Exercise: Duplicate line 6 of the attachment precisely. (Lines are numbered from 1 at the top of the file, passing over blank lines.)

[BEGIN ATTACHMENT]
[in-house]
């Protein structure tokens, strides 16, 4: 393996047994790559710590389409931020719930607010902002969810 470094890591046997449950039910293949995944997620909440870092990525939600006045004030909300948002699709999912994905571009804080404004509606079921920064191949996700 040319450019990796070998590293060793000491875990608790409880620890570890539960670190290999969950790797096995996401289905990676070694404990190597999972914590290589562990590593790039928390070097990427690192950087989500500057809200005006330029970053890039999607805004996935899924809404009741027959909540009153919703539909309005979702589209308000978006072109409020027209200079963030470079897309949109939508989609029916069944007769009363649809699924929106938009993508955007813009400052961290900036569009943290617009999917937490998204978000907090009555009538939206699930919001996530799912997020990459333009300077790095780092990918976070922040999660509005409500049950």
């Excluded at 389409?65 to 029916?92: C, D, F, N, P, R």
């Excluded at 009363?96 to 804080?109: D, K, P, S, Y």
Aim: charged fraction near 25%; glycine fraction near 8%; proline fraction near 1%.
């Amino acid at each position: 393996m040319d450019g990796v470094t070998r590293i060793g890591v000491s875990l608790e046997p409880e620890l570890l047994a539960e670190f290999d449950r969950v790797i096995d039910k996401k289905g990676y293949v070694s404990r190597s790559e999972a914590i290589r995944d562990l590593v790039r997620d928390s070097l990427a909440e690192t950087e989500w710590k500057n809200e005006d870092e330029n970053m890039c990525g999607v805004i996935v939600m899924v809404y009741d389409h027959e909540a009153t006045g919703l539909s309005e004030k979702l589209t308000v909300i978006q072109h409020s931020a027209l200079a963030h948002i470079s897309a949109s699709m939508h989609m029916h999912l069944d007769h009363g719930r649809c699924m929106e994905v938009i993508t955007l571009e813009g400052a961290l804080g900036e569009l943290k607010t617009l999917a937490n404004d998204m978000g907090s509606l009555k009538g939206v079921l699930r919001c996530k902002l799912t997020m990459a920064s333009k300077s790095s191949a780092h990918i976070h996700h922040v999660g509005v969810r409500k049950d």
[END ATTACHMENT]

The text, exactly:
């Amino acid at each position: 393996m040319d450019g990796v470094t070998r590293i060793g890591v000491s875990l608790e046997p409880e620890l570890l047994a539960e670190f290999d449950r969950v790797i096995d039910k996401k289905g990676y293949v070694s404990r190597s790559e999972a914590i290589r995944d562990l590593v790039r997620d928390s070097l990427a909440e690192t950087e989500w710590k500057n809200e005006d870092e330029n970053m890039c990525g999607v805004i996935v939600m899924v809404y009741d389409h027959e909540a009153t006045g919703l539909s309005e004030k979702l589209t308000v909300i978006q072109h409020s931020a027209l200079a963030h948002i470079s897309a949109s699709m939508h989609m029916h999912l069944d007769h009363g719930r649809c699924m929106e994905v938009i993508t955007l571009e813009g400052a961290l804080g900036e569009l943290k607010t617009l999917a937490n404004d998204m978000g907090s509606l009555k009538g939206v079921l699930r919001c996530k902002l799912t997020m990459a920064s333009k300077s790095s191949a780092h990918i976070h996700h922040v999660g509005v969810r409500k049950d």